It’s very important to cleanse after exercise to avoid the build-up of bacteria from sweat. Rinsing immediately and changing out of sweaty clothes can help prevent breakouts. I recommend applying cleanser to dry skin because it will more effectively bind to dirt and oil molecules. Sebum is easier to remove in a warm shower, so it’s easier to deep clean pores.
  • Will scrubbing your face more eliminate acne?
    No. A critical mistake in treating acne is over washing and overusing drying acne treatments, which will actually produce MORE oils. Avoid scrubbing, as it can irritate sensitive skin, and opt for gentle microexfoliation instead - in the form of a peel.
  • Do chocolate and greasy foods cause breakouts?
    It is a common misconception that eating chocolate or greasy foods will cause breakouts. I have found this to be untrue. It can take 2 to 3 weeks before a pimple even appears on the surface. This is because the pores are very deep and it takes time for the bacteria to build up before the pimple will become inflamed, swollen and red on the surface.
  • What effects do pollutants in tap water have on skin and how can you remove them?
    Tap water can contain heavy metals such as lead, zinc, magnesium, copper, and iron as well as calcium. The heavy metals are actually free radicals that generate even more free radicals that destroy collagen. These metals convert the skin’s oils into a waxy, gland-blocking substance, resulting in acne, blackheads, stretched out pores, redness, and irritation. They can also aggravate existing conditions such as rosacea and inflammation.

    I recommend incorporating products that contain chelators into one’s daily skincare regimen. Chelators are a class of detoxifying ingredients and are a major untapped resource to protect skin from heavy metals in tap water. Chelators engulf the heavy metals on the surface of the skin, preventing them from penetrating deep into the pores and causing free radical damage.
  • How does charcoal help deep clean skin?
    In general, charcoal is known to remove unwanted toxins from your skin. This helps reduce instances of acne and remove excess oil. However, activated charcoal can be very messy and stain your clothing as well as nearby surfaces. A less messy and more effective alternative is colloidal sulfur.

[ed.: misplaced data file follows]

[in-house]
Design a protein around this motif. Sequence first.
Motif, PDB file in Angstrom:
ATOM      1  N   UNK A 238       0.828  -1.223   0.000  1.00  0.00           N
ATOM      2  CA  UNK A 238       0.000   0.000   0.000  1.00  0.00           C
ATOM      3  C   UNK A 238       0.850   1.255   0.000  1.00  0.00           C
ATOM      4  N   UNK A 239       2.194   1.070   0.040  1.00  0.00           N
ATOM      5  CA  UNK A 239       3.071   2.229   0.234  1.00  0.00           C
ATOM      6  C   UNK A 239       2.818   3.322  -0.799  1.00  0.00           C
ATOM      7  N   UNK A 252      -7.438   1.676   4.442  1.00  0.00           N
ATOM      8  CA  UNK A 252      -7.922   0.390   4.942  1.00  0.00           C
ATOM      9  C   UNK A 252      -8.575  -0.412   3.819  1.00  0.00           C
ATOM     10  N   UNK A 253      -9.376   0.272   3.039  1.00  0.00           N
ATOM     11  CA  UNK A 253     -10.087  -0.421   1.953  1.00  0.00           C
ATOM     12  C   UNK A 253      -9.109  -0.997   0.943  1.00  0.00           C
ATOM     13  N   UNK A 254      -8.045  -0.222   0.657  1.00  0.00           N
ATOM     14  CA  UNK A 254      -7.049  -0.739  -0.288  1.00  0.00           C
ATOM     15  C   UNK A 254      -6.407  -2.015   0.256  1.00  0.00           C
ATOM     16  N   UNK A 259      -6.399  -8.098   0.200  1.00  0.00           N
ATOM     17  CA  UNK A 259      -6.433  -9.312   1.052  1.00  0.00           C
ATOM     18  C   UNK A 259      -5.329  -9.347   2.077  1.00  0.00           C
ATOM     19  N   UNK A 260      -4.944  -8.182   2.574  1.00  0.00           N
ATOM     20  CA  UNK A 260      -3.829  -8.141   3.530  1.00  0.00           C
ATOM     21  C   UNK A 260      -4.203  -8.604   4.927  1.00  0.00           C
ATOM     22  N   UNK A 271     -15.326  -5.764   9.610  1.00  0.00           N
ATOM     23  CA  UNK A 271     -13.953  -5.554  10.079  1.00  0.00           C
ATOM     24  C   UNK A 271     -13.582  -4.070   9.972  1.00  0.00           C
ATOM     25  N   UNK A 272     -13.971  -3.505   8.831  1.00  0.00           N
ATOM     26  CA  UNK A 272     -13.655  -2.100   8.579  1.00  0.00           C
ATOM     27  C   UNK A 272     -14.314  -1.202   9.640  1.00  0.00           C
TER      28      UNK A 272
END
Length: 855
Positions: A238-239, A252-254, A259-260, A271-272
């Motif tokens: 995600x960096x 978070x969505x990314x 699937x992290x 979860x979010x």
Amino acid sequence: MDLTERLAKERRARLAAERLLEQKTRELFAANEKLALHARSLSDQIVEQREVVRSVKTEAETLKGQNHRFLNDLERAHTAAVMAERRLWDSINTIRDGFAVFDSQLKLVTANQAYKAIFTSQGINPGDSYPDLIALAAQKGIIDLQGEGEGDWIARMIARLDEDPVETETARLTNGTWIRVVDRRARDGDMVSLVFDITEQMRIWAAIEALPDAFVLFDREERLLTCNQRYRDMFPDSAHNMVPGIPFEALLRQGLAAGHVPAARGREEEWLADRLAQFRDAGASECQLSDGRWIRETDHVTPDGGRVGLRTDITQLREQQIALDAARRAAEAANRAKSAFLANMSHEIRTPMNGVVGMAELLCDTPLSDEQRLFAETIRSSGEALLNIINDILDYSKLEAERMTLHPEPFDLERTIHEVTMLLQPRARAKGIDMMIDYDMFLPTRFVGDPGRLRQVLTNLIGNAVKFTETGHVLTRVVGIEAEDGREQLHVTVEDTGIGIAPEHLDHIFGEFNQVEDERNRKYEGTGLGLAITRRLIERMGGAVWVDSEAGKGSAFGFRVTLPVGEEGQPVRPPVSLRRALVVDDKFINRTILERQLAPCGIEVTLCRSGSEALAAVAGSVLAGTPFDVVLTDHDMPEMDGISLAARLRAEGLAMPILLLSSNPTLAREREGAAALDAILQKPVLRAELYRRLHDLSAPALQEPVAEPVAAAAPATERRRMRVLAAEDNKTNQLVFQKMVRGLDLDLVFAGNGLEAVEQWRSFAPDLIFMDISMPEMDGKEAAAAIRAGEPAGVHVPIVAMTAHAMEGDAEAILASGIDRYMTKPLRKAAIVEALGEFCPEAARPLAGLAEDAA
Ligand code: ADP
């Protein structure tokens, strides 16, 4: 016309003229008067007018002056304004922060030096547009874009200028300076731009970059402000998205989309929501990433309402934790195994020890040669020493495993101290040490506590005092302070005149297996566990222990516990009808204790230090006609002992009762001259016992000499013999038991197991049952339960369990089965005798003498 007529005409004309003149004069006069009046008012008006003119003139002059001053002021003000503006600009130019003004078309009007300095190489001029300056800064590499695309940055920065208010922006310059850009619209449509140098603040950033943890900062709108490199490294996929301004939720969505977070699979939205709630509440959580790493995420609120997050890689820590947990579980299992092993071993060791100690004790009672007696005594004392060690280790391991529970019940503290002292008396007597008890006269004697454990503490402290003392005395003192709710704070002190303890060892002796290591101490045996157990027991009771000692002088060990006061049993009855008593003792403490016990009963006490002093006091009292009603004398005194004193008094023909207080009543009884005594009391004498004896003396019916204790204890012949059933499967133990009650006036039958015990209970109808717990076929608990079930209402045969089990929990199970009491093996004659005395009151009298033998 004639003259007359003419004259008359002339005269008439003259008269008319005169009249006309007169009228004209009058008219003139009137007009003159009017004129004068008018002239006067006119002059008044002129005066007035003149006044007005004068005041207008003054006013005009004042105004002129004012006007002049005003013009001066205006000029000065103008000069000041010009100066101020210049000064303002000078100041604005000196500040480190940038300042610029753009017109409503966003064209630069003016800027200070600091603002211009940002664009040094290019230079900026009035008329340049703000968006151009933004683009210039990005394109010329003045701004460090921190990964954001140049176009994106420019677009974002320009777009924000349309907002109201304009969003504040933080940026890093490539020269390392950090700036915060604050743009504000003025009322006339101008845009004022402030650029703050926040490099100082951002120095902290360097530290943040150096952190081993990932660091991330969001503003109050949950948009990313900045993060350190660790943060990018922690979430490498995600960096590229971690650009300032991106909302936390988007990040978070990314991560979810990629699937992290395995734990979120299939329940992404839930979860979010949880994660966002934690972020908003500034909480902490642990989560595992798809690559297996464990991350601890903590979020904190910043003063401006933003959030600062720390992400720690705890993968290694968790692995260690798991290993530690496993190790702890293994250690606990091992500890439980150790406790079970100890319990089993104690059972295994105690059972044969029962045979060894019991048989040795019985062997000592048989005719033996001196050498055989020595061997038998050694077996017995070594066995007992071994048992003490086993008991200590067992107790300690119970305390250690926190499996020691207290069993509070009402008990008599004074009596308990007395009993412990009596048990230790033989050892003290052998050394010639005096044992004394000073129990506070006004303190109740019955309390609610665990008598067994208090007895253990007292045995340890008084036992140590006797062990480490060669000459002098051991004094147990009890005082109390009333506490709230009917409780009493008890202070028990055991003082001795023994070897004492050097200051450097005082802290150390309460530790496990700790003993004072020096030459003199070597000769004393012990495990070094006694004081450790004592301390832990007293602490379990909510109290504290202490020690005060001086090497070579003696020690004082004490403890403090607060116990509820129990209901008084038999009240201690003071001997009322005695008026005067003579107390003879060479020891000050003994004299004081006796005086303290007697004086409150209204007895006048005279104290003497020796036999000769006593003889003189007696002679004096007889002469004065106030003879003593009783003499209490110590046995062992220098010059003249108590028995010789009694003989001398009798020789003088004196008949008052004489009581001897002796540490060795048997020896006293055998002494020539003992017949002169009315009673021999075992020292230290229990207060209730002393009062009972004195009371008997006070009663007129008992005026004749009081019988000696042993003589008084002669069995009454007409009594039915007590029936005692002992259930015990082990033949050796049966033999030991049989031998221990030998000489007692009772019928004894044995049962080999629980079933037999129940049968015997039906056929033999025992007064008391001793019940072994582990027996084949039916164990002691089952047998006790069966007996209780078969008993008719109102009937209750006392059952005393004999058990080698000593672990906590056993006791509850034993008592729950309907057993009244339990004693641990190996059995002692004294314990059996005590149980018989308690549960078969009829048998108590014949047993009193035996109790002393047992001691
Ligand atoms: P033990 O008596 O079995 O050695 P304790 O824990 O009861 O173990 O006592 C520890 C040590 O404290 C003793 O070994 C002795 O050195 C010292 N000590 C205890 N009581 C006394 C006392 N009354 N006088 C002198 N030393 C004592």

• Is it better to shave in the shower?
    Yes, because hairs are soft and the skin is more flexible. Make sure you always watch what you are doing. Losing focus can have painful consequences.
  • How can men make shaving less irritating?
    A lot of men are shaving incorrectly, which is a big grooming mistake for several reasons. First, they should be shaving in the shower when hair is soft and the skin is supple to help reduce ingrown hairs. Install a shaving mirror and pay attention to what you’re doing. In addition, many men shave against the grain and that is not the best way to shave. You should shave in multiple directions, always with the grain. Also note, it is better to go over the area 10 to 15 times lightly than 2 to 3 times harder. If too much pressure is applied to the razor when you shave this grinding can irritate the skin and cause razor bumps.
  • What’s the best exfoliating routine?
    I recommend to my patients to incorporate a once-a-day, gentle, 2-step chemical peel with a blend of Alpha and Beta Hydroxy Acids into their at-home regimen. If you want to use acids to their best advantage the key is to blend multiple acids together. It is far better to use something every day that is not super concentrated than something radical all at once. Daily peels are like steady exercise to the skin. You will get the best results and avoid irritation.
  • Is salt water harmful to skin?
    Salt water can be drying to the skin, but may actually have a therapeutic benefit as well. Some skin conditions, such as acne and psoriasis actually improve with salt water, but since it’s drying, you should rinse after swimming to avoid dry, flaky skin.